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Cold Today Into Tomorrow - Warming Into The Weekend.


Today's Into Wednesday.




 BY 5 PM MST Today.

BY 5 AM Wednesday.

By 11 AM MST Wednesday.










For the past several days the models had been forecasting a strong mid-upper level closed low, or even a cutoff low to form over northern Mexico by tonight, and then drift eastward across west Texas into Thursday morning. Now, the latest model forecasts have backed off on this scenario, and are forecasting a cold trough of low pressure to move overhead today and out of the area by tomorrow. 

This storm is also going to be moisture starved, and since its tracking overhead instead of south of us, the potential of it producing any significant snowfall over the area has apparently dimisihed. However, we may see some snow flurries, or up to less than an inch of snow this afternoon.

Cold weather will continue its grip on the southeastern plains into tomorrow before we begin a warm-up the end of the week into the weekend. Our high temps are forecast to struggle to reach the freezing mark today, with our lows tonight dipping down into the low teens, maybe even a few single digits in the normally colder spots. Lows across the Sacramento mountains tonight will drop down to as low as 6F, if not colder in some of the higher sheltered mountain valley's. 

Next Weeks Polar Outbreak?

Valid At 5 PM MST Monday January 21, 2013.

Last Nights 00Z/5 PM MST ECMWF 850 MB Temp Forecast.
Valid At 5 PM MST Monday January 21, 2013.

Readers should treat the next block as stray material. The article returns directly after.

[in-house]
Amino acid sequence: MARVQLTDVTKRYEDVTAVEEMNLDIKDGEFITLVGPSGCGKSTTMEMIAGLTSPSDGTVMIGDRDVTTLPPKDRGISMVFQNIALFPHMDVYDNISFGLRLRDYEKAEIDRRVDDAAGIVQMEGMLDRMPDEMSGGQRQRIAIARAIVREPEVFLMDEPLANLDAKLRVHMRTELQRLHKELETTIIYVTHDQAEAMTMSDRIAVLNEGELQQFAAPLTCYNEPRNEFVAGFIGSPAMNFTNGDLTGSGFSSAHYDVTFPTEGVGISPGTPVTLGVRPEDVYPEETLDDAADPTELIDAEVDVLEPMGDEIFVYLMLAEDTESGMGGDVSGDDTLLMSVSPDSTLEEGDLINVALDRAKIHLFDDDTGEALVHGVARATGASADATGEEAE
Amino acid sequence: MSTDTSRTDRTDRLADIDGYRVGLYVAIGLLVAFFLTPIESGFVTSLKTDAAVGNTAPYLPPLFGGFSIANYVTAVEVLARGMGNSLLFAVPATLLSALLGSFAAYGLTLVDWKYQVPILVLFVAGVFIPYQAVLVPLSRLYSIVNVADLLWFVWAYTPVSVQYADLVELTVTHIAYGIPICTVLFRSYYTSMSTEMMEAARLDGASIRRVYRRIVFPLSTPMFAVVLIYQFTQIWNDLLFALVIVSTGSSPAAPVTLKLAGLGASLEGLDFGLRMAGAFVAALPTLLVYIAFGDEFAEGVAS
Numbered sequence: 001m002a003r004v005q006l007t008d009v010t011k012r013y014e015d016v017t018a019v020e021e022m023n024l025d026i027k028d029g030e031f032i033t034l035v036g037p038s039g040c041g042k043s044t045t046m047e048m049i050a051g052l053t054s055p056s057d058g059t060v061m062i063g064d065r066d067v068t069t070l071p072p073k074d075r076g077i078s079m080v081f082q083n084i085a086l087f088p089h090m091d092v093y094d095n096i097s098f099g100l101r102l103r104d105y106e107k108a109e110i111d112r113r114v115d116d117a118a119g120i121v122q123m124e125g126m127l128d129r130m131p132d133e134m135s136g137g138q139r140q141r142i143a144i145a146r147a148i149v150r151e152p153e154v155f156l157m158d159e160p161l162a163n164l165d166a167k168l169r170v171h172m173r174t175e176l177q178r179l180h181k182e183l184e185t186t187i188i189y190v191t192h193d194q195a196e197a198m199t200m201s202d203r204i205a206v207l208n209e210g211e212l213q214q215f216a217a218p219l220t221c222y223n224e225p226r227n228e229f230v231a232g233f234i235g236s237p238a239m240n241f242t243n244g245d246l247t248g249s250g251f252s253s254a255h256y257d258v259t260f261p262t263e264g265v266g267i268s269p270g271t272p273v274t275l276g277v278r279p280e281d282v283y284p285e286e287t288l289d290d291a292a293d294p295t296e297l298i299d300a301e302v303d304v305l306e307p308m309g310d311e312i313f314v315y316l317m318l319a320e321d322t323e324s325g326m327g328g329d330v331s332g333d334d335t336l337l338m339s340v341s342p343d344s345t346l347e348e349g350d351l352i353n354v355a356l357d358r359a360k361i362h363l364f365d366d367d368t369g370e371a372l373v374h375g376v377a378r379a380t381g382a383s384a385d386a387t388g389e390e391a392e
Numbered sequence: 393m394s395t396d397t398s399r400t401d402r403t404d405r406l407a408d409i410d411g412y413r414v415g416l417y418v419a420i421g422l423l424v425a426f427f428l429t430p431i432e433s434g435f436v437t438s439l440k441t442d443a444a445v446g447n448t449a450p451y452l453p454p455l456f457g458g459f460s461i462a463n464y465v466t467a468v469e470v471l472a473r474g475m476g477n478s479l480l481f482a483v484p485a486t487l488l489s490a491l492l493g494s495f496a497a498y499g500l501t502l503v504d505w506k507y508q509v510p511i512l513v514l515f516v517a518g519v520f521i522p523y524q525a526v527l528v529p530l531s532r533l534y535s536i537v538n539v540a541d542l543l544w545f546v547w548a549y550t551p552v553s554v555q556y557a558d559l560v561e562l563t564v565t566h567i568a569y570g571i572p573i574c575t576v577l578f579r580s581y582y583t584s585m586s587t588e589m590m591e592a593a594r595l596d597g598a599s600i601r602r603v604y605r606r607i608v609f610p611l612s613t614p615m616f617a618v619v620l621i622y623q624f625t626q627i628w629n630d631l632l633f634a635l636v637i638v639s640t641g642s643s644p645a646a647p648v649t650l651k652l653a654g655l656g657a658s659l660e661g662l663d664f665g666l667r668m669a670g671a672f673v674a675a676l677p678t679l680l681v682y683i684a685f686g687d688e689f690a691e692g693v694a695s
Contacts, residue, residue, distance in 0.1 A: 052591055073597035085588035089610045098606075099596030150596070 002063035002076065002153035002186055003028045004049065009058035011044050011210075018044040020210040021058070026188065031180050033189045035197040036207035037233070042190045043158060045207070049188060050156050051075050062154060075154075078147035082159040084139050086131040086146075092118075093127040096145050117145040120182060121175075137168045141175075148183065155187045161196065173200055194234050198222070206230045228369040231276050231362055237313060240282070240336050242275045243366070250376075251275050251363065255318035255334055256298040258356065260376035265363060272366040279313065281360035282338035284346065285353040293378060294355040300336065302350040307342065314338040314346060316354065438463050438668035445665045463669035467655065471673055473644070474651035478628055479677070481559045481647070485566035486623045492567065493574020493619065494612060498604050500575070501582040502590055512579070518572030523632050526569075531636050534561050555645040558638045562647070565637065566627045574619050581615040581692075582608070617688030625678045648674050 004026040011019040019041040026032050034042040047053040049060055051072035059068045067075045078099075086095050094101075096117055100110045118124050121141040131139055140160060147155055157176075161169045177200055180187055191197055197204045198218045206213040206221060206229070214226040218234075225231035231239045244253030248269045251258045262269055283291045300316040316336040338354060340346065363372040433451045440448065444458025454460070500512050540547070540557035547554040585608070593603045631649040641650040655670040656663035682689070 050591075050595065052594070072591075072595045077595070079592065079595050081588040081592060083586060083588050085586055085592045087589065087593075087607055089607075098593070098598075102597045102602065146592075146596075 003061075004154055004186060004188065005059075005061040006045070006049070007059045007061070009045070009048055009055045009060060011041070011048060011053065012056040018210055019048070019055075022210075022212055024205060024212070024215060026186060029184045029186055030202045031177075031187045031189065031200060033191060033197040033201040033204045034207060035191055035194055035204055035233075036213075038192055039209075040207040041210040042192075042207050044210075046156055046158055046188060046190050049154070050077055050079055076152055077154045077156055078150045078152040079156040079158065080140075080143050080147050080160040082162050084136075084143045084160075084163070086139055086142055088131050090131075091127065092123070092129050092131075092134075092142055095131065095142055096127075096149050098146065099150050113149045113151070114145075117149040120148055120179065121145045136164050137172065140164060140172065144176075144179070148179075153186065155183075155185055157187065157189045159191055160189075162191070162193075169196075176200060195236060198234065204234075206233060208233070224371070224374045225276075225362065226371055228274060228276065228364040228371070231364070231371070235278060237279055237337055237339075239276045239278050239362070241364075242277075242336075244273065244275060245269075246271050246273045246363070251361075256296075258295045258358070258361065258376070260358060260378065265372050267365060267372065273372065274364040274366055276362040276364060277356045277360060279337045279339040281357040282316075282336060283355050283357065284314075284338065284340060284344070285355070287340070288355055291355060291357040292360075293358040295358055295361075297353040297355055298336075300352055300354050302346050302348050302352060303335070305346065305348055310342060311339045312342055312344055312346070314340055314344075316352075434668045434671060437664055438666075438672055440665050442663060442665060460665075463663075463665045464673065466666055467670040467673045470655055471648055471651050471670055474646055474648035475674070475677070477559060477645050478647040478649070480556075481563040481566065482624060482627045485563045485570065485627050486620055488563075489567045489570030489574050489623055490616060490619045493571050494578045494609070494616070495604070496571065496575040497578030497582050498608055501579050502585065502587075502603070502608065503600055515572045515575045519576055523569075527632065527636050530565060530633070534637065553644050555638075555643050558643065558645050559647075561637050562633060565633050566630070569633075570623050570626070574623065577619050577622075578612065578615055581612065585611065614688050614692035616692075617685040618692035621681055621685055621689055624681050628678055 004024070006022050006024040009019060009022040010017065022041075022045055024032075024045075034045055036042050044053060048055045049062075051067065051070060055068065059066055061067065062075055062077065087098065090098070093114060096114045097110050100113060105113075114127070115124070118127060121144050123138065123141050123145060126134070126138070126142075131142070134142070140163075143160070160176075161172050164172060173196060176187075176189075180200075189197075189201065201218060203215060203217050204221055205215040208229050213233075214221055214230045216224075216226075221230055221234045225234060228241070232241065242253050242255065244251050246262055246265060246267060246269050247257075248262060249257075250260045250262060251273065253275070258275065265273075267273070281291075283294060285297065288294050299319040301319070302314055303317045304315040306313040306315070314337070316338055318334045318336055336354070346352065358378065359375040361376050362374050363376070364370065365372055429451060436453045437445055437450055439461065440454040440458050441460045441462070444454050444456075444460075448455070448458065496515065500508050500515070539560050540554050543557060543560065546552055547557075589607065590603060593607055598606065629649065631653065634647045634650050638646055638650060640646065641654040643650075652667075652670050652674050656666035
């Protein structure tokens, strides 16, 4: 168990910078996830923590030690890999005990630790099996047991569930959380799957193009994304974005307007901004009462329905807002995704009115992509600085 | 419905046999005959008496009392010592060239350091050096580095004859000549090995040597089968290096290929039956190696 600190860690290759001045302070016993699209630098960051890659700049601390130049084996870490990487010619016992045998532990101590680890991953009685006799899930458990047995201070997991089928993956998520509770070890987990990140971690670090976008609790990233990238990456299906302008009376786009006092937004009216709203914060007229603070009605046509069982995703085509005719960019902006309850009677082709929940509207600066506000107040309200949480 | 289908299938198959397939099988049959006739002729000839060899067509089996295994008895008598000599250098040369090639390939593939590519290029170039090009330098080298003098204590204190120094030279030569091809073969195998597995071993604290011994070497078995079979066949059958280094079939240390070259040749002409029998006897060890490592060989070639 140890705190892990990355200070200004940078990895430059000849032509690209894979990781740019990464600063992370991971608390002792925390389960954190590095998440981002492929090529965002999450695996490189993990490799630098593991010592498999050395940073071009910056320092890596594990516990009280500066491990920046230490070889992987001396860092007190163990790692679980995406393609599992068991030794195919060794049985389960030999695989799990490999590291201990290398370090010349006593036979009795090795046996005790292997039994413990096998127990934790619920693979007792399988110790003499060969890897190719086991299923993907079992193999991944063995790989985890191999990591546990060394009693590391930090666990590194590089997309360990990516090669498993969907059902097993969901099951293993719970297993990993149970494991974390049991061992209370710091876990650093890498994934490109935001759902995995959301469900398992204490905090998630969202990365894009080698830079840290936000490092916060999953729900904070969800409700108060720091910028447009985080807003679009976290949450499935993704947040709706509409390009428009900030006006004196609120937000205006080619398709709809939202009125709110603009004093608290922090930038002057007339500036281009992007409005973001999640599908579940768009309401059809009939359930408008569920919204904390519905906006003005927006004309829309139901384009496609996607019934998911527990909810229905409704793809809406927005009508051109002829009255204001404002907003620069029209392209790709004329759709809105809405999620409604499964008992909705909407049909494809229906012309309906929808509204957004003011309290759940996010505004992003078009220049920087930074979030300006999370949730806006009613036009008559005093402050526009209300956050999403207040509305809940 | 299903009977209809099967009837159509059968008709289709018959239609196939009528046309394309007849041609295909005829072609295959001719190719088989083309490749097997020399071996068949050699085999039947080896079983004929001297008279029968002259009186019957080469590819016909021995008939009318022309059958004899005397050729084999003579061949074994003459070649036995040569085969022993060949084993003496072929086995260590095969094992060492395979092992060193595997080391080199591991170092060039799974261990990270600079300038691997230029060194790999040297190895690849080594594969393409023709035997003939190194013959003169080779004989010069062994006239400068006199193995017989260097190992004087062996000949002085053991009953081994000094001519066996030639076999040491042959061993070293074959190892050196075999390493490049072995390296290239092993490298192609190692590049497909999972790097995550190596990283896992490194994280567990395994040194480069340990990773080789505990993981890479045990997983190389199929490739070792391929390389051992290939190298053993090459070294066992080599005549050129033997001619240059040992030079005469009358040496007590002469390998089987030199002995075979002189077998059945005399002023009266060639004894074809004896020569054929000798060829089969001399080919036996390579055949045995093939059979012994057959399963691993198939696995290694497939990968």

Last Nights 00Z/5 PM MST ECMWF Surface Temp Forecast.
Valid At 5 AM MST Monday January 21, 2013.

So, will eastern and southeastern New Mexico get invaded early next week by a Polar airmass? This remains a tough question to answer this morning. The European model (maps above) is forecasting temps of -20F to -30F by around sunrise Monday morning across Montana and the Dakotas. The question is how far south, and west will this brutal airmass reach, and will it make it this far south?

 Historically we can, and often do see these invasions from the north here in southeastern New Mexico, especially during January and February. So its going to become a matter of just how strong the mid-upper level ridge of high pressure that is forecast to develop along the West Coast is going to be, and how far west and north it builds. If it builds further west, then more of this bitterly cold airmass will move into the area, if it builds further to the east, then the coldest air will end up being east of us. More on this later this week.

The Truth Is Stranger Than Fiction!

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